and guests to the final event.
Programming 02 October - 2pm -4pm Budiriro 3
Primary School - Workshop on story telling
and poetry Writing - by Aeron Chiundura Moyo- the facilitator will read his
stories and poetry and partake participants in a practical writing skills
03 October -2pm -4pm- Vainona High School Photography , writer s workshop- by Shoes
Lambada [ Writing]and Kresiah Destiny Mkwazhi [Photography]- the facilitators
will also pass writing skills and how you can fuse writings and
photography in a bide to create photo poetry and photo stories.
04 October- 2pm-4pm- Morgan High School Visual Arts practical workshop ,
Performance Poetry and Mbira- Zanele Mutema , Mbizo Chirasha and a
Mbira musician- participants will be taken through a journey of visual
arts inspirational process , the creativity and
resonance of Mbira music and your voice in performance poetry leading to a
visual ,musical poetry experience 08- October -530-730 pm-First Floor Gallery Grand Fiesta day-Small exhibition of
poetry/visual works produced during workshops, story and poetry presentations
by participants and young guest poets, Discussion forum/Press talk
by organizers , facilitators and participants with Guests.
Artists, Facilitators and Coordinators
Karen Magunda [20 yrs] - Guest of Honor on
the Grand Fiesta. Young girl of 20
years pf age ,grew up in Mufakose .She finished high school at Roosevelt high and she is first year student at Midlands State
University. She is a song writer, choreographer and singer. She founded FAM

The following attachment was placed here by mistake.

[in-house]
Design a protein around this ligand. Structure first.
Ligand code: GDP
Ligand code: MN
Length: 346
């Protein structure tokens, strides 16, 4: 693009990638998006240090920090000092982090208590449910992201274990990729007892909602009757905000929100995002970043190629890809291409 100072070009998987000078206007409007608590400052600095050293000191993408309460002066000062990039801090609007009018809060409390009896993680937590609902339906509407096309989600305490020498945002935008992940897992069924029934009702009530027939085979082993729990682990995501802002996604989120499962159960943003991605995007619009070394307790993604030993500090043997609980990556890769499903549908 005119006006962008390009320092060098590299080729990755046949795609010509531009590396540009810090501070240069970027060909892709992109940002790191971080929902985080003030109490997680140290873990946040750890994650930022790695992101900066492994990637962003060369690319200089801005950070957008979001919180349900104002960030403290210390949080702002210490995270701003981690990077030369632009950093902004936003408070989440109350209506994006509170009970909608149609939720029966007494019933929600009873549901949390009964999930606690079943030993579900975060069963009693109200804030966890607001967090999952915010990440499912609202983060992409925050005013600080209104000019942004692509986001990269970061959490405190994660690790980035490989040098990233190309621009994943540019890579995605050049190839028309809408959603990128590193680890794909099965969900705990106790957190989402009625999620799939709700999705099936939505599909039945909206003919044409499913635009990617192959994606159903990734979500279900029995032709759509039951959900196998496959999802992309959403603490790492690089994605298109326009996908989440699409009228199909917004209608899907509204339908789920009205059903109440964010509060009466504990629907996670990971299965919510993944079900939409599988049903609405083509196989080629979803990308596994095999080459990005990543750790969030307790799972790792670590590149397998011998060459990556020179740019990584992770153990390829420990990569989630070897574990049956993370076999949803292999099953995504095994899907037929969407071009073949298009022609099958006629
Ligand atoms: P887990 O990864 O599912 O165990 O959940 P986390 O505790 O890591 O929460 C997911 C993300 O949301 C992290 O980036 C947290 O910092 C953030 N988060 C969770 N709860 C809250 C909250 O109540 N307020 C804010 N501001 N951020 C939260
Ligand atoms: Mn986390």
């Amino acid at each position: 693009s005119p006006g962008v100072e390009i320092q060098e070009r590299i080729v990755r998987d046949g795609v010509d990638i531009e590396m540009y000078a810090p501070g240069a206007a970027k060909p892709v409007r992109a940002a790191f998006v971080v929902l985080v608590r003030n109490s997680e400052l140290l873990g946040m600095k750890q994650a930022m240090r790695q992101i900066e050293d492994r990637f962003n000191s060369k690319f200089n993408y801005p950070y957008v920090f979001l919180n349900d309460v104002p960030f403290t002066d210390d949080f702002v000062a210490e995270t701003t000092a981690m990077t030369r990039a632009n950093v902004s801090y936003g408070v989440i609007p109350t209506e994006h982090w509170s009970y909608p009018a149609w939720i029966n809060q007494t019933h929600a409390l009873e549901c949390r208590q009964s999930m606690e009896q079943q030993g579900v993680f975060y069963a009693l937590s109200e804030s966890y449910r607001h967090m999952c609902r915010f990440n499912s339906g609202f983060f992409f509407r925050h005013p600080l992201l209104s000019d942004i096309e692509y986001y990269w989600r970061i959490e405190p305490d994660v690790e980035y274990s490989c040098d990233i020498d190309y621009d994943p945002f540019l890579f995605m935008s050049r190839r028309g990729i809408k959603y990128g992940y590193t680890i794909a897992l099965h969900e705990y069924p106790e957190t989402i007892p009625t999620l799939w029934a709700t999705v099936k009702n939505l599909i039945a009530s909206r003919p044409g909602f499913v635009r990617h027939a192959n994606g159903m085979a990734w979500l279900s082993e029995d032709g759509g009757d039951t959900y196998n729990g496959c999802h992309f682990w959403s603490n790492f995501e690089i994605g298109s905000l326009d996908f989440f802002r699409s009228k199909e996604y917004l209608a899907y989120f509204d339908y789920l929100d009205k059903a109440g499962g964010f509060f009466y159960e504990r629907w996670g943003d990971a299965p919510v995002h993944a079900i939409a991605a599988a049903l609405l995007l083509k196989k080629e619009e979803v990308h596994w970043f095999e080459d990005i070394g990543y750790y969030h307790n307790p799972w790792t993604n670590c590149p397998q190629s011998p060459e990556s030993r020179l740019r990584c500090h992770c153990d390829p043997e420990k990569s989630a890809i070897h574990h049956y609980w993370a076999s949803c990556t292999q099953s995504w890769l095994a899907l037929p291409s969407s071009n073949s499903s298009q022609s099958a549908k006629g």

in 2012 - a Foundation Arts Movement mentoring ,promoting and
marketing young artists. She destined for greater heights. Mbizo Chirasha - the Fiesta Curator and Coordinator/ Zimbabwe
Producer of 100 Thousand for Change. He is a performing poet , widely
travelled , extensively published globally. He is the Founder of many literary
and creativity initiatives in Zimbabwe . He is the Founder of
GirlChildCreativity and its Creative Director.
- Kudzai Mutiti: Assistant Fiesta Coordinator, a second year social studies student
at the University of Zimbabwe. She is endowed with passion , maturity
and drive. She have also worked with IIFF international Images Film
Festival 2013 as a venue manager and discusant. Tariro Kambasha-Grand Fiesta Presenter a Young singer of 21 years with a
dream to reach dizzy heights , a singer of dancehall , presenter
and budding film maker as well as an advocate of GirlChild.
Aeron Chiundura Moyo- Writng and stories
Facilitator -Veteran writer ,novelist and Boradcaster
Shoes Lambada-Poetry Writing Facilitator -Poet, Writer ,Organizer and Coordinator of
Zimbabwe Poets for Human rights
This story was taken from this website: http://www.appoet.org/2013/07/18/poetry-in-politics-west-hollywood-to-zimbabwe/ It was published on this site by Stephen Cass.
In West Hollywood
Since moving to Los Angeles a little over a
month ago, I haven’t had the chance to attend an open mic. That was
until last night when I ventured out to West Hollywood to Da Poetry
Lounge. My goal was to survey the local poets, not to read any of my
own work. Through my observations, I could not help but notice the timid
voices behind powerful poetics. To their defense, for some of them it
was their first time divulging such intimate information in a public
forum, but it was rather peculiar to me that the collective voice of the
group was rather quiet.
What brought about this general lack of confidence in a form of
expression that so heavily relies upon honesty and charism? Seeking
answers, I looked to the protesting poets of Zimbabwe whose story is
beginning to pull the attention of the world.
On The Streets of Harare
There are a number of young artists acting out against political
corruption, voter fraud, a manipulation of public opinion, and a general
lack of fundamental liberties in an effort to hold their leaders
accountable. They call themselves, “Zimbabwe Poets for Human Rights”
and they are potentially in the midst of changing their political
landscape with a presidential election coming up on July 31st.
The current president Robert Mugabe has served in is position since
1987, winning four subsequent elections since. Starting in 2002, his